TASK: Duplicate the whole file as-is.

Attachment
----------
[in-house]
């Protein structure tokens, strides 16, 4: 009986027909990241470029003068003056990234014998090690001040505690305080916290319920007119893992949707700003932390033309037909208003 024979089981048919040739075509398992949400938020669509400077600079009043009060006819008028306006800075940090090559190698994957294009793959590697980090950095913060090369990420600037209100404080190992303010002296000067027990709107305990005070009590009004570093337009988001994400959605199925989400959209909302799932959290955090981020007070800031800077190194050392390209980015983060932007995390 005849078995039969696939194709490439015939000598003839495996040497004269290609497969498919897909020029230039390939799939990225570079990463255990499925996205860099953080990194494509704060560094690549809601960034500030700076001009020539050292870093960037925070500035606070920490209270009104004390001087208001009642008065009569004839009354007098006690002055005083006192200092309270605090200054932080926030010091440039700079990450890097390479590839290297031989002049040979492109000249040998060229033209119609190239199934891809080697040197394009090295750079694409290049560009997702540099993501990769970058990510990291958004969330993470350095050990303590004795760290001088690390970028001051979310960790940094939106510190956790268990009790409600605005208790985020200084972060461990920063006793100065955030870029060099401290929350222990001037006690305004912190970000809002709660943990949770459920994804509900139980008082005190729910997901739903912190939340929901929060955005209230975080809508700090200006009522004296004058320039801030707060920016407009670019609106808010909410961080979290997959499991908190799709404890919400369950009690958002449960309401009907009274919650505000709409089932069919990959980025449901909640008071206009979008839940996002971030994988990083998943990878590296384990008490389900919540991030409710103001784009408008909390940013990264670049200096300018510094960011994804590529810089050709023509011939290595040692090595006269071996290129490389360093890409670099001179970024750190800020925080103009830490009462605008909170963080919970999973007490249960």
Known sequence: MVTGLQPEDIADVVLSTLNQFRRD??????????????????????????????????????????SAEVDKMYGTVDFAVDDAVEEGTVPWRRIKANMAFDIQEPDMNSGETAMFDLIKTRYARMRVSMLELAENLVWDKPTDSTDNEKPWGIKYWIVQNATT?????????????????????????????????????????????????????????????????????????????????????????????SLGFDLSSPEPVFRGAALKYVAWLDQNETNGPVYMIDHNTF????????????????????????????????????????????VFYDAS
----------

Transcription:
[in-house]
């Protein structure tokens, strides 16, 4: 009986027909990241470029003068003056990234014998090690001040505690305080916290319920007119893992949707700003932390033309037909208003 024979089981048919040739075509398992949400938020669509400077600079009043009060006819008028306006800075940090090559190698994957294009793959590697980090950095913060090369990420600037209100404080190992303010002296000067027990709107305990005070009590009004570093337009988001994400959605199925989400959209909302799932959290955090981020007070800031800077190194050392390209980015983060932007995390 005849078995039969696939194709490439015939000598003839495996040497004269290609497969498919897909020029230039390939799939990225570079990463255990499925996205860099953080990194494509704060560094690549809601960034500030700076001009020539050292870093960037925070500035606070920490209270009104004390001087208001009642008065009569004839009354007098006690002055005083006192200092309270605090200054932080926030010091440039700079990450890097390479590839290297031989002049040979492109000249040998060229033209119609190239199934891809080697040197394009090295750079694409290049560009997702540099993501990769970058990510990291958004969330993470350095050990303590004795760290001088690390970028001051979310960790940094939106510190956790268990009790409600605005208790985020200084972060461990920063006793100065955030870029060099401290929350222990001037006690305004912190970000809002709660943990949770459920994804509900139980008082005190729910997901739903912190939340929901929060955005209230975080809508700090200006009522004296004058320039801030707060920016407009670019609106808010909410961080979290997959499991908190799709404890919400369950009690958002449960309401009907009274919650505000709409089932069919990959980025449901909640008071206009979008839940996002971030994988990083998943990878590296384990008490389900919540991030409710103001784009408008909390940013990264670049200096300018510094960011994804590529810089050709023509011939290595040692090595006269071996290129490389360093890409670099001179970024750190800020925080103009830490009462605008909170963080919970999973007490249960």
Known sequence: MVTGLQPEDIADVVLSTLNQFRRD??????????????????????????????????????????SAEVDKMYGTVDFAVDDAVEEGTVPWRRIKANMAFDIQEPDMNSGETAMFDLIKTRYARMRVSMLELAENLVWDKPTDSTDNEKPWGIKYWIVQNATT?????????????????????????????????????????????????????????????????????????????????????????????SLGFDLSSPEPVFRGAALKYVAWLDQNETNGPVYMIDHNTF????????????????????????????????????????????VFYDAS